CPS placed our son with us as a foster-only child at the age of eight-months-old. He lived with us for 15 months as a foster child. Then one year ago on September 21 we adopted him.
We had almost 25 years of marriage by the time our son came into our lives. Been through infertility, separation, career transitions, and culture shock. We have seen and experienced a lot. We know each other better than most, both good and bad.
However, I can’t think of many things more challenging than the past 2 1/2 years.
As I reflect about this past year since we adopted our son, I see a clear distinction between the 15 months he was our foster son and the 12 months after we adopted him. The shift is mainly in me, but I know it affects him.
Walking into the same courtroom I sat in multiple times as a foster parent but now as an adoptive dad was surreal. Several friends and members of our family joined us on this day of celebration.
Our son turned two a few weeks after the official adoption, so we combined his birthday with adoption parties. Good thing he enjoys parties. Over 100 people attended the celebration in Austin and about 40 were at the one in Conroe. He is one loved little boy!
Why is it that we put so much energy into days of celebration, but not as much into what it takes to make the everyday challenges a success? After the excitement, reality sinks in.
After September 21, 2012 a definite shift happened. Now that he was our adopted son, we no longer kept daily records of activities, doctor appointments, and medications dispensed.
No more visits from caseworkers. No more parent or biological family visits.
I remember lying in bed after the adoption was official and thinking that now he was our responsibility. I did the math again in regards to our age difference. When he graduates from high school, I will be 68. When he finishes college, I probably will be 72-73. And so on.
The urgency of raising him to be a godly young man is very clear to me. I know how I interact with him now even at this young age will have a bearing on who he is when he is 15, 20 and 25 years old.
Danielle and I also were learning how to parent a toddler. People asked whether his behavior was because he was a two-year-old or because of the trauma he experienced as a young child. Probably was both, but the combination made it more intense.
We have another person voicing their opinion…
Danielle and I are both opinionated and vocal at times about it. Now, we have a third little person who has a strong opinion and does not mind letting us know. And, he is very verbal with lots of words.
I am not used to a two-year-old telling me what I should do, or flat-out telling me, “No! I am NOT going to do that!”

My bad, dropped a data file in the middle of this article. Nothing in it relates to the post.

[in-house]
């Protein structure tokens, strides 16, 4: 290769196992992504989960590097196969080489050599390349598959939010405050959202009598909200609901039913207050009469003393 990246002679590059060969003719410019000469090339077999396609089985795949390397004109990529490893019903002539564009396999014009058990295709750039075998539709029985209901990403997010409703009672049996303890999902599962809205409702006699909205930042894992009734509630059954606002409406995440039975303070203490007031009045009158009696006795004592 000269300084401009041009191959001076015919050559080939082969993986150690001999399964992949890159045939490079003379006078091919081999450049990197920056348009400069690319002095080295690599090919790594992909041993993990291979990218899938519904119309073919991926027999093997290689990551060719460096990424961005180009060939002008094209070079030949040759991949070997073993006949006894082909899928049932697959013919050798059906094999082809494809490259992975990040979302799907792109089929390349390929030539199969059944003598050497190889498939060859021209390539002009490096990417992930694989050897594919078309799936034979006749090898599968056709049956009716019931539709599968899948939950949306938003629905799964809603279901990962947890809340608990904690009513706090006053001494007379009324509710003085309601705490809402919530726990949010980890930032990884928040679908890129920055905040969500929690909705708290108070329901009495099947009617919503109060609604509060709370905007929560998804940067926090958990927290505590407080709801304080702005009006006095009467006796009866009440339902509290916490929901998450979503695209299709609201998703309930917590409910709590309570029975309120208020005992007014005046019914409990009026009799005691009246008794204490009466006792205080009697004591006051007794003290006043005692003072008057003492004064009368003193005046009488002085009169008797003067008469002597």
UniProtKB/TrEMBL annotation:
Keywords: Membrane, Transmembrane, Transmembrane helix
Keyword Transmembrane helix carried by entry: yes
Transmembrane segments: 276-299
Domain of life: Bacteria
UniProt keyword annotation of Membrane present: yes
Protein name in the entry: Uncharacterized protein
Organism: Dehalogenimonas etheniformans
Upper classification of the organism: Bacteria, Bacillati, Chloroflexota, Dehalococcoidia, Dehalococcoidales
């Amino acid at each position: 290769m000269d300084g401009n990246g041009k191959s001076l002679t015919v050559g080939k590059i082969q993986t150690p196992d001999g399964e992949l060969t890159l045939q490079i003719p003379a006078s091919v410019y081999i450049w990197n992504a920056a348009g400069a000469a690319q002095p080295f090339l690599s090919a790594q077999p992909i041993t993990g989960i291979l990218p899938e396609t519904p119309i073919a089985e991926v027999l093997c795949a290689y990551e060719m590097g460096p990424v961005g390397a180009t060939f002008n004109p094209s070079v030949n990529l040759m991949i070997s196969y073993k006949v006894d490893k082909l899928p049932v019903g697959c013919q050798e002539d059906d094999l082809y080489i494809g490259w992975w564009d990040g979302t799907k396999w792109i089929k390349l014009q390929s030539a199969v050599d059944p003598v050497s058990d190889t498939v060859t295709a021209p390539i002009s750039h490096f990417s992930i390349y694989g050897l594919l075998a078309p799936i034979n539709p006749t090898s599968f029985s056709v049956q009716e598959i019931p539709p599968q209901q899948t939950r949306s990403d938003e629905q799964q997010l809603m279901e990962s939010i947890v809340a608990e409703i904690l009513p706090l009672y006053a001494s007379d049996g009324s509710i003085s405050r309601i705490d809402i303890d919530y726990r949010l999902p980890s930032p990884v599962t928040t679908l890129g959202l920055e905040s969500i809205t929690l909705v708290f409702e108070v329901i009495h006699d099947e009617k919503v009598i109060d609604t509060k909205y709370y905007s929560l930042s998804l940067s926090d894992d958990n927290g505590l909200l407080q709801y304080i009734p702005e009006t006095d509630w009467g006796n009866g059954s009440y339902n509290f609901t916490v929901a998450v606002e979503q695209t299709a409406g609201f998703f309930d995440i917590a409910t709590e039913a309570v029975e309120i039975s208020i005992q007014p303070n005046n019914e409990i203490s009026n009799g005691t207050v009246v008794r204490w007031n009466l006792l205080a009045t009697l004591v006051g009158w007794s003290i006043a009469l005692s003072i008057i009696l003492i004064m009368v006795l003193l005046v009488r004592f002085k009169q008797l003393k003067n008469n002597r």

He is all boy and wants to get into the middle of everything. He loves to explore, learn, and “help.”
Are you my mommy? Are you my daddy?
I told a friend that our son asks that a lot. My friend has three older children. He couldn’t remember any of his kids asking that question.
That is just one example of how our little guy processes things a little different from a biological child from a nurturing family environment. Especially over the last six months, we learned that he is finding out what it means to have his own mommy and daddy who will take of his needs more so than anyone else.
He is a very social boy, but it still intrigues me how he hugs just about anyone sitting still. I am sensitive to the fact that he is still developing a healthy attachment to us.
Need for a healthy marriage
While our son was a foster only child, Danielle and I focused (probably too much) on his needs. Since we did not know how long he would be with us, we kept postponing our own needs to connect. A few weeks turned into 15 months that now is forever.
By the time we adopted our son, we looked up and recognized that we were in need of some repair. Ugh.
So this first year of being adoptive parents has also been a year of re-connecting. We made it a priority to go on dates at least a couple of times of months. We had two overnight stays away from our son and have a third one coming up soon for two nights.
That is a start back into the right direction, but we need to continue making this a priority. As I have heard experts like Karyn Purvis with Empowered to Connect say, “You can’t give your kids what you don’t have.” (my paraphrase)
So there you go…
A glimpse into what our first year of adoption was like. Our hearts are full of gratefulness for all our friends, family, and new acquaintances who have supported us before and after our adoption.
If you want to read an authentic, vulnerable account of our journey into foster care and adoption, order my book, Adopting the Father’s Heart.
If you order from my bookstore, you can get a signed hardcover or softcover copy.
I would love to hear about your journey if you have adopted a child. Leave a comment below. Also, if you have a question about our first year, please ask.
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